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Wednesday, Nov 20, 2019

Railway Board to trim its staff by 25% for efficiency

In a review meeting, it was noted to review a deployment of railway staff. It was felt there were too many officers within the railway board looking at the same thing. The officers will be sent to supervise and help in the functioning of the zones.

india Updated: Oct 21, 2019 08:16 IST
Anisha Dutta
Anisha Dutta
Hindustan Times, New Delhi
An inside view of a coach of the newly launched Lucknow-Delhi Tejas Express, India’s first ‘private’ train by IRCTC (Indian Railway Catering and Tourism Corporation), at in Lucknow.
An inside view of a coach of the newly launched Lucknow-Delhi Tejas Express, India’s first ‘private’ train by IRCTC (Indian Railway Catering and Tourism Corporation), at in Lucknow.(PTI Photo)
         

The Indian Railways has decided to cut down the staff strength of its board from 200 to about 150 by transferring about five director-level officials and above to zonal railways in a long pending move to enhance efficiency, officials aware of the development said on Sunday.

The transfers would be completed within a month, said a senior official with the railway ministry, adding that the move will not affect top-level members of the board. “It was one of the top suggestions of railway minister Piyush Goyal and was to be done on priority. In a review meeting, it was noted to review a deployment of railway staff. It was felt there were too many officers within the railway board looking at the same thing. The officers will be sent to supervise and help in the functioning of the zones. A final decision is yet to be taken on how many officers will be transferred,” said an official familiar with the development on the condition of anonymity.

A committee headed by economist Bibek Debroy had in 2015 also recommended restructuring of the apex body. The railway ministry had in September 2014 constituted this eight-member committee for the mobilisation of resources for major railway projects and restructuring of the railways. “As pointed out by many previous committees over the years, the Indian Railways organisation has grown into an overly centralised and hierarchical organisation. The feeling of departmentalism adversely affects the working culture in the IR [Indian Railways] and has resulted in actions and decisions based on narrow departmental goals instead of on organisational objectives or benefits,” the committee had said in its report.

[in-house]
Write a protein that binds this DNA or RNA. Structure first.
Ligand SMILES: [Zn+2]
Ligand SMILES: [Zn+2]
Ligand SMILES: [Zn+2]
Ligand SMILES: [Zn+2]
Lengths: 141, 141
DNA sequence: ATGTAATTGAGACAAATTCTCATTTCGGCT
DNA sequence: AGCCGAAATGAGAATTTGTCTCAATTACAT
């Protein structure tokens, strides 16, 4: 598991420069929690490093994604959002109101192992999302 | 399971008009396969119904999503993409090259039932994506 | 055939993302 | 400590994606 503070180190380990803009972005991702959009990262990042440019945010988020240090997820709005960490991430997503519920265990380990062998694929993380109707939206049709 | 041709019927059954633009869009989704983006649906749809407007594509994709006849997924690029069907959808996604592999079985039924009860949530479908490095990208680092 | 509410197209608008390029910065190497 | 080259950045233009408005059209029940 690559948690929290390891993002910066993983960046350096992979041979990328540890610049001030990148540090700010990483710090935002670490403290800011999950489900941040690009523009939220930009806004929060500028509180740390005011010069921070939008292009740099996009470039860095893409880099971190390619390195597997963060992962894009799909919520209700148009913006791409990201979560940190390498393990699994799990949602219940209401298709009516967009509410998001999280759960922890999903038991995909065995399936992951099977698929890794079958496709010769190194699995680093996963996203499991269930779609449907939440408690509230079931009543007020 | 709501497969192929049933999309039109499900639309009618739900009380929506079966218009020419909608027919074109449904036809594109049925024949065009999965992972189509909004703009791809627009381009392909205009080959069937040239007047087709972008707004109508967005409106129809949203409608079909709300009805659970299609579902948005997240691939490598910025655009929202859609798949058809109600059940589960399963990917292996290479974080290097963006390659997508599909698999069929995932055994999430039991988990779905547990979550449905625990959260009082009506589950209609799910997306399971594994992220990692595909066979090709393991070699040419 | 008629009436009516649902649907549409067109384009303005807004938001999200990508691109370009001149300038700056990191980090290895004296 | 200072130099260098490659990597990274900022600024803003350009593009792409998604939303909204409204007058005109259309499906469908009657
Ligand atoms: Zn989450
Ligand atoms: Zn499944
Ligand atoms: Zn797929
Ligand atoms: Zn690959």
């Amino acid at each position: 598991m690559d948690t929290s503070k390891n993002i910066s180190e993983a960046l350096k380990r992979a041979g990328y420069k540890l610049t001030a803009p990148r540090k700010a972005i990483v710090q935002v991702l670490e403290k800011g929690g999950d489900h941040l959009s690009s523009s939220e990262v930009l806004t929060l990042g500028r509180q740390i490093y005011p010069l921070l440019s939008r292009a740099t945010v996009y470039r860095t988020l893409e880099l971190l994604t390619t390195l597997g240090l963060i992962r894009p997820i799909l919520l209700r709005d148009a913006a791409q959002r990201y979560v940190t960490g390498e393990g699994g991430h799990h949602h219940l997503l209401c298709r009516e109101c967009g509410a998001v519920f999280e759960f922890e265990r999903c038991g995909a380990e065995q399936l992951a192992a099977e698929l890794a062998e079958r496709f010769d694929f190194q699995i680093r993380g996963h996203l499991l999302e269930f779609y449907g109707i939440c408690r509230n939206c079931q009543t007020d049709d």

It suggested three major changes in the functioning of the national carrier — corporatising the board, forming an independent regulator for economic regulation and separation of roles of policy making, regulation and operations suggesting that the ministry of railways be only responsible for policy making.

The committee had also said that there were too many zones and divisions in the Indian Railways and a rationalisation of the same was required. It suggested that the railway zones be made autonomous to enhance their functioning. At present, the Indian Railways operates its mammoth network through 17 railway zones spread across the country. Railway Minister Piyush Goyal had in February announced a new railway zone for Andhra Pradesh.

“Once the zones are made autonomous, the railway board will have little role to play in their day-to-day functioning and can become like a corporate board for Indian Railways,” the committee had said in its report.

“This has been a long pending move, even the previous railway minister Suresh Prabhu had advocated for cutting down and restructuring the railway board. It is good that the railways is focusing on operations and streamlining the organisation’s functioning,” said Abhaya Agarwal, Partner, Ernst & Young.